Wuhan Coronavirus/2019-nCoV Update: February 1st, 2020

(source: BBC)

Yesterday, I provided information from The New York Times on six key factors about the Wuhan coronavirus/2019-nCoV. Today, I share with you an informative article from Vox, which explains in detail two key concepts that researchers are still trying to nail down in these earliest days of the virus outbreak: the basic reproduction number (R0 or R-naught), and the case fatality rate (CFR).

The Jan. 28th Vox article, titled The 2 key questions that will determine if the coronavirus outbreak becomes a pandemic, states:

Less than four weeks into the outbreak, fear about how bad this could get is spreading faster than the virus. And with good reason.

While the vast majority of cases and deaths are occurring on mainland China, 2019-nCoV has already made its way to at least a dozen other countries, including the US, Germany, and Canada. People are buying face masksMarkets are on edge. Cities and countries are responding with mass quarantines and travel bans. The whole thing feels a lot like the 2011 pandemic film, Contagion.

So how big could the outbreak get? Is this the next pandemic — a disease that spreads globally?

An answer to this question requires knowing the answers to two other questions: How easily does the 2019-nCoV spread from person to person, and how deadly is the virus? At the moment, scientists only have informed guesses, which are likely to solidify in the coming weeks and months. But what we know so far is instructive.

I urge you to click over and read the entire article. Between yesterday’s New York Times article and this one, you will be comfortably up-to-speed on 2019-nCoV.

How Do We Deal With Infectious Diseases?

A 2016 article appearing in the scientific journal Physics Reports, titled Statistical physics of vaccination, provides a handy reference chart outlining all the various ways that humanity has responded to limit the spread of infectious diseases throughout history (this image is hosted on Flickr; please click on the link, or the image below, it to see a high-resolution version):

Summary of commonly used interventions against infectious diseases.
Summary of commonly used interventions against infectious diseases (source)

The authors state:

We note that this list is not exhaustive, and interventions are often used in combination, such as contract tracing and isolation.

The eight tactics used to combat the spread of an infectious disease are:

  • Vaccines: treatments which create an immune memory of the pathogen, so that the immune system can respond more vigorously when challenged with the actual pathogen (please note that, as I reported yesterday, we are probably not going to have a readily-available vaccine for 2019-nCoV for at least a year)
  • Antibiotic drugs and antiviral drugs: treatments which interfere with the life cycle of the bacterium or virus within the body of an infected person (for example, there are some reports that antiviral drugs used to treat HIV are being used to treat some patients)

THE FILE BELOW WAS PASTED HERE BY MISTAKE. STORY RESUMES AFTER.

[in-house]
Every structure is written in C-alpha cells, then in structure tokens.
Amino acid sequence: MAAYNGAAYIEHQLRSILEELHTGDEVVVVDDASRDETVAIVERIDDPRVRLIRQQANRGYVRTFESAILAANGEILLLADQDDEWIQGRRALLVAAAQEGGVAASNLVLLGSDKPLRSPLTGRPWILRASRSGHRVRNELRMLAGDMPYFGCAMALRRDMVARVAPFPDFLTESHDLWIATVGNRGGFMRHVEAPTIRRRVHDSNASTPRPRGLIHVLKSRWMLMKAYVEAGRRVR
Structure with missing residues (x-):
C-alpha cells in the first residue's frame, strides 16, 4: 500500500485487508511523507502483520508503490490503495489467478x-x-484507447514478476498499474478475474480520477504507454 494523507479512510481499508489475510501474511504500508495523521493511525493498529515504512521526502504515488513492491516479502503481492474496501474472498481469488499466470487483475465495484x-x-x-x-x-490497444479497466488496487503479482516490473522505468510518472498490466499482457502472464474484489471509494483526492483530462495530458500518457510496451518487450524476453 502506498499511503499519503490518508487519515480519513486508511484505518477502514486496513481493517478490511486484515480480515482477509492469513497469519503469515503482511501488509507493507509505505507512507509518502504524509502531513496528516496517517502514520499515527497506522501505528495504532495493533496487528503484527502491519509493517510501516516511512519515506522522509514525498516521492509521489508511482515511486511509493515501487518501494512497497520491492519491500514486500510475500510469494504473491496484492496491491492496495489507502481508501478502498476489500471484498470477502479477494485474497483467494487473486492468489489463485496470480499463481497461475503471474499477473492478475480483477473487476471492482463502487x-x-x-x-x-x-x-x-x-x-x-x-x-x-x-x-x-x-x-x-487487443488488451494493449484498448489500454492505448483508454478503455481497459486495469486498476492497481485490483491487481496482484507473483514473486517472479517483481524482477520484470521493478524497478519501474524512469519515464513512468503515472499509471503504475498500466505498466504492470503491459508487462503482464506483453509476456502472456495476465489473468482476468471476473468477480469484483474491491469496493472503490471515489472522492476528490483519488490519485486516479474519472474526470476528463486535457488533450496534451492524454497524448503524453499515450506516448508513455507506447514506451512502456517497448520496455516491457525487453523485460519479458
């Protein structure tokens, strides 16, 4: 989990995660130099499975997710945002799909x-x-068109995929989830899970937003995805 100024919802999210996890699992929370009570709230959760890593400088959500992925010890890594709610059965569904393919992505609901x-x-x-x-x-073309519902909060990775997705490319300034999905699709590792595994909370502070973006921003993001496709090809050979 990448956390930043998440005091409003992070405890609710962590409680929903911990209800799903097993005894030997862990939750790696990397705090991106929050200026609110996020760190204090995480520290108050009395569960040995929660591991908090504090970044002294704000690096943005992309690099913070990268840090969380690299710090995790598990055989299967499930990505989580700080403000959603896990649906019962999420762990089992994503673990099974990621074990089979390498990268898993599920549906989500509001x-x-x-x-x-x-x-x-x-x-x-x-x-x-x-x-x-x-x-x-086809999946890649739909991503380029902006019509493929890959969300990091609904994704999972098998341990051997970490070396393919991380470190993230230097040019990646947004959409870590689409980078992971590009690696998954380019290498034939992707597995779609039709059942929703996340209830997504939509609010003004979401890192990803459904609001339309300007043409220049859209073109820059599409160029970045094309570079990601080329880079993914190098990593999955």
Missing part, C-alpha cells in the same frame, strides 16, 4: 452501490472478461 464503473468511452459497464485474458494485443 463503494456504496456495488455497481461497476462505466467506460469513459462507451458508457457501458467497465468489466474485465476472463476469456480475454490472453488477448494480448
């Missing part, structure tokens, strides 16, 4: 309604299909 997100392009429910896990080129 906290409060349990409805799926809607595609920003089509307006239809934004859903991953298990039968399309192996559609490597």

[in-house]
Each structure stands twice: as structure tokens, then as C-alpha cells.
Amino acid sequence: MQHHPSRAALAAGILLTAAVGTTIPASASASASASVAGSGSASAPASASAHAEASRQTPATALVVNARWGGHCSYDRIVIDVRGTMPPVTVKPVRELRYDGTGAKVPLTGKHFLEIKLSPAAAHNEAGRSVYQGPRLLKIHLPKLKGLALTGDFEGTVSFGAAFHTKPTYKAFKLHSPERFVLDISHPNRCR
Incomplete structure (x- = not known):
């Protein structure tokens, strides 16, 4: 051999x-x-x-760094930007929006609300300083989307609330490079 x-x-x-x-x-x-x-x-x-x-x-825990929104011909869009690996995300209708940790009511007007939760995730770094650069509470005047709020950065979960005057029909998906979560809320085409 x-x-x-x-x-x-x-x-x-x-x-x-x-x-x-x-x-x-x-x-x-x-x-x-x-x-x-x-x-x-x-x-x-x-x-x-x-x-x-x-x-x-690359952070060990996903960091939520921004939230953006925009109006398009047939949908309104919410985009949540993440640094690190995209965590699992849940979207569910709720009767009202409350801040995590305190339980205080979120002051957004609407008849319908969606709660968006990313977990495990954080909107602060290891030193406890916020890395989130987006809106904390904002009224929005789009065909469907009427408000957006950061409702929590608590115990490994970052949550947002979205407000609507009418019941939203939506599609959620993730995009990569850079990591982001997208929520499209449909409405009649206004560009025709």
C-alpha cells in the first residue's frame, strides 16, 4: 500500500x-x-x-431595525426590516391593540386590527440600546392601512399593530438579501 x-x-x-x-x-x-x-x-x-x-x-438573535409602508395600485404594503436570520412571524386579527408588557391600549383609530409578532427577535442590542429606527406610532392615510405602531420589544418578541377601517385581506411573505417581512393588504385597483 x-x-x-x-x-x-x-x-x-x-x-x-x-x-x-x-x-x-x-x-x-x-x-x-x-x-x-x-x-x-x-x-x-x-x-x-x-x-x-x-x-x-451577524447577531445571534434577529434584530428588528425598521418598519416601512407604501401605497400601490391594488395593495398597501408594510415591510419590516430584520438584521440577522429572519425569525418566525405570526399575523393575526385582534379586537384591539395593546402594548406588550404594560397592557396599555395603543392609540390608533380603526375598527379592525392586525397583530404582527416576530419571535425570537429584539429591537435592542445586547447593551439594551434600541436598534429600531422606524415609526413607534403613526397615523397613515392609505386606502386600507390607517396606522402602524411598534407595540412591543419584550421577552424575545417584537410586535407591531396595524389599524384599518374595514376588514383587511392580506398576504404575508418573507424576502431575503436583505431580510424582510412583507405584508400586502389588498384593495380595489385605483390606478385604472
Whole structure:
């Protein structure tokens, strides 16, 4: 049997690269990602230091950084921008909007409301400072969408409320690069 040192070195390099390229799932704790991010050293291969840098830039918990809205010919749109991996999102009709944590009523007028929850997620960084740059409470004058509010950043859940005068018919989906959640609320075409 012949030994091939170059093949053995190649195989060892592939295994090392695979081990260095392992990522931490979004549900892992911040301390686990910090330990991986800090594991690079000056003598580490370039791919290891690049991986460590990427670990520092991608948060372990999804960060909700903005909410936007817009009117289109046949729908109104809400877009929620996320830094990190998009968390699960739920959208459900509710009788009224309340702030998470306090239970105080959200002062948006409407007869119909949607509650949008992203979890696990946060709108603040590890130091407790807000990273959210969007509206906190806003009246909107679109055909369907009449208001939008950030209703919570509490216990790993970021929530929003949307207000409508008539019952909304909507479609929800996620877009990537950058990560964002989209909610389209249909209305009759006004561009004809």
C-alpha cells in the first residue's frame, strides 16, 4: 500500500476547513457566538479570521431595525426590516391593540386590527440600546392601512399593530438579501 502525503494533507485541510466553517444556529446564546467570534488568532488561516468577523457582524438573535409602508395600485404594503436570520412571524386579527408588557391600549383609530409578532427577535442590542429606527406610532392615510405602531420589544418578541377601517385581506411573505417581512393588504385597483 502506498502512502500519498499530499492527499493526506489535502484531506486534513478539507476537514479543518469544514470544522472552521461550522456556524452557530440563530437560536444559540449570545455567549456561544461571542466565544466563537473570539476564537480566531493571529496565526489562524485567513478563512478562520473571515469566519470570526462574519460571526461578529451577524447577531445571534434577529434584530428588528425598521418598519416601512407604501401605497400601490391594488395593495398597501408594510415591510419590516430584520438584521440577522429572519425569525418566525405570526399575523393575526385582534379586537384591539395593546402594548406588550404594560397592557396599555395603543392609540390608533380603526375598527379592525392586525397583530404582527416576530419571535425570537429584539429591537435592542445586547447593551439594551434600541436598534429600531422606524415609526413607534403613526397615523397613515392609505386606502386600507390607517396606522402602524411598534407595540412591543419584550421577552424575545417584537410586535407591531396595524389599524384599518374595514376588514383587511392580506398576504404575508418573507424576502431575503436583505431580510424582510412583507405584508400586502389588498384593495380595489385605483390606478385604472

• Social distancing: closing schools and businesses, avoiding crowded places, etc.
  • Case isolation: asking people who already contracted the infectious disease to stay home; using negative-pressure rooms in hospitals, etc. (note the key difference between isolation and quarantine, the next point, which is applied to potentially infectious people)
  • Quarantine: isolation of individuals who may have already been exposed to the infectious disease, and therefore potentially infectious themselves (this is what China is doing now in many locations)
  • Barrier precautions: masks, gloves, condoms in the case of sexually-transmitted viruses like HIV, etc.
  • Contact tracing: tracking down the contacts of infected individuals to treat, isolate, or quarantine them (at the moment, most countries are devoting many resources to this)
  • Hygiene: hand washing, hand sanitizer, etc.

Dr. Michael Osterholm: “Once it starts to spread, there really is no stopping it”

Now for some bad news. Dr. Michael Osterholm is an internationally recognized expert in infectious disease epidemiology, who led many investigations into infectious disease outbreaks during his 15 years as state epidemiologist at the Minnesota Department of Health. He is currently the director of the Center for Infectious Disease Research and Policy (CIDRAP) at the University of Minnesota, and he was interviewed yesterday by the Fox Business News channel (this link is to the 5-minute video, which unfortunately cannot be embedded here).

Dr. Osterholm predicts that this epidemic will likely get a lot worse, given how easily the 2019-nCoV virus seems be transmitted between people. He said in this Fox interview:

It’s acting very much, in terms of transmission, like that of an influenza virus, which means that once it starts to spread, there really is no stopping it, until it decides to stop.